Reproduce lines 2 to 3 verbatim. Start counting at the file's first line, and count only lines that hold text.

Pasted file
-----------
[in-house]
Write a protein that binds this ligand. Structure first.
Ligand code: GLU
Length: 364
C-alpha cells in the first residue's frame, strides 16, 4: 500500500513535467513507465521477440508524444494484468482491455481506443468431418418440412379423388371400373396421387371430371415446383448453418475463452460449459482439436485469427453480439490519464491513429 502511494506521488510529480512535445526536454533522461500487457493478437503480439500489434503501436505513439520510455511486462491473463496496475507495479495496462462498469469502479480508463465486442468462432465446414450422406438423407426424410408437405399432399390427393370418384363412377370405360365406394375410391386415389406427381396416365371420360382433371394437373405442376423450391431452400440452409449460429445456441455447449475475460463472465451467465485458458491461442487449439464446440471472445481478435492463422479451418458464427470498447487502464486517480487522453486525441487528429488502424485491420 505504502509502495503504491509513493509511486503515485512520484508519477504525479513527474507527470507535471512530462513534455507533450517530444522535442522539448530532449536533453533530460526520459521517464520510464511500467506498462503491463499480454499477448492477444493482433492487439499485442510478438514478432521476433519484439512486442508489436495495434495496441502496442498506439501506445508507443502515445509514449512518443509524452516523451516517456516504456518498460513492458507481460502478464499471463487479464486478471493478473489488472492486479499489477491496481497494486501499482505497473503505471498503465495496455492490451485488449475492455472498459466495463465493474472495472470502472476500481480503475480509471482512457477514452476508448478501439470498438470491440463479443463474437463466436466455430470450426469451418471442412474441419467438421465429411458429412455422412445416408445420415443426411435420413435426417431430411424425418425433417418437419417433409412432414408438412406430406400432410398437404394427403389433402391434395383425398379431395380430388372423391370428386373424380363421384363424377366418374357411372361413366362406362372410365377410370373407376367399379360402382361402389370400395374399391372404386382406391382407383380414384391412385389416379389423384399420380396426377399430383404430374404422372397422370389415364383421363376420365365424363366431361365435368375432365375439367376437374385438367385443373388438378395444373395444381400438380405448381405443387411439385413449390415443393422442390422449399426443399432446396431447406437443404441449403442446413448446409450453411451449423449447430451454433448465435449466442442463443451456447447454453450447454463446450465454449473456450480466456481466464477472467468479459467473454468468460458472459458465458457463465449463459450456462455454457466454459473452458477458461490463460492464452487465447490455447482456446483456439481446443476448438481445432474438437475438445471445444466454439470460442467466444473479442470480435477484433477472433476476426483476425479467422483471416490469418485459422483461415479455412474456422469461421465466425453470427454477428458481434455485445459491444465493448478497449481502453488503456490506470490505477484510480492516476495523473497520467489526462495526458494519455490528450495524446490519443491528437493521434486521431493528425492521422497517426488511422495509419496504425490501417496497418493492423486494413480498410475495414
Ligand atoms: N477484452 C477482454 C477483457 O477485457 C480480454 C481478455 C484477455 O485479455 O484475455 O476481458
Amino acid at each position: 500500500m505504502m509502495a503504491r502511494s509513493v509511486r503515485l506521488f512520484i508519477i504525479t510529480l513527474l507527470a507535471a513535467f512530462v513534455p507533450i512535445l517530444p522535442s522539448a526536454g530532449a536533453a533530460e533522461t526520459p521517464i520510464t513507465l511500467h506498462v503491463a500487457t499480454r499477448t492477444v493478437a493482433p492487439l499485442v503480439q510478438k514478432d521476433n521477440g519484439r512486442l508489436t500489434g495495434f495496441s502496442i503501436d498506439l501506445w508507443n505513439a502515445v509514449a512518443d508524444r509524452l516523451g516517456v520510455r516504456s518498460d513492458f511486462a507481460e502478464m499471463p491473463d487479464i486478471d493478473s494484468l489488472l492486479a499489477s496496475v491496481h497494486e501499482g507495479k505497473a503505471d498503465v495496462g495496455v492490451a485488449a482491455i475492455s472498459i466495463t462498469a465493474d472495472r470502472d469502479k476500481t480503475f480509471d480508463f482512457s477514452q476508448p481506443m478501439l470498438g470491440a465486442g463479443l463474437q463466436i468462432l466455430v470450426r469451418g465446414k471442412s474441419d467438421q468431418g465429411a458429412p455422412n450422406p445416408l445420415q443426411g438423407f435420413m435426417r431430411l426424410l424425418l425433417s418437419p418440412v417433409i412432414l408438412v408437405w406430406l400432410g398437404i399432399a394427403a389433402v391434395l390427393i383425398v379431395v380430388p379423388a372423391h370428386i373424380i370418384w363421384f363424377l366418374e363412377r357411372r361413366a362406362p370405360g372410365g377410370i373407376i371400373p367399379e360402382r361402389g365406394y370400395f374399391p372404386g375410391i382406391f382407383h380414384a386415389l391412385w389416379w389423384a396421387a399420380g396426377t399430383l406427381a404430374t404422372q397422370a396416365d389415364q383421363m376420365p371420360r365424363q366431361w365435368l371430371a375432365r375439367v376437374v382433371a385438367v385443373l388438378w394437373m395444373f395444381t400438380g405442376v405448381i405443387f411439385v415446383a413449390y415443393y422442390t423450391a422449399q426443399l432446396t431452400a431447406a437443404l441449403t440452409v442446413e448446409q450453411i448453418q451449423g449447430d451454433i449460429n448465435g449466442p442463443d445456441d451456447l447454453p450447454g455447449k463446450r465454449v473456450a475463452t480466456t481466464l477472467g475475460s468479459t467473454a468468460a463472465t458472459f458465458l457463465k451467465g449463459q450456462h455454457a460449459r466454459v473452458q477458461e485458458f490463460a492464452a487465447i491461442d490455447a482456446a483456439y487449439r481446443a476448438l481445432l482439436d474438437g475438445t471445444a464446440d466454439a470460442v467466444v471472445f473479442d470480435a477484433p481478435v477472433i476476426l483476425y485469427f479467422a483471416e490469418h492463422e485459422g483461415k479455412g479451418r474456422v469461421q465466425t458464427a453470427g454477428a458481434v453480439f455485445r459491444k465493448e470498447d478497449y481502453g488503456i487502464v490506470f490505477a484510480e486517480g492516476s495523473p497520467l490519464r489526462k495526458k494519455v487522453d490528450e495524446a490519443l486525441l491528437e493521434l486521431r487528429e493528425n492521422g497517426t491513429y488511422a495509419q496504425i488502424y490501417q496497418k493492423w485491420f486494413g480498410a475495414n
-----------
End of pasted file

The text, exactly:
Write a protein that binds this ligand. Structure first.
Ligand code: GLU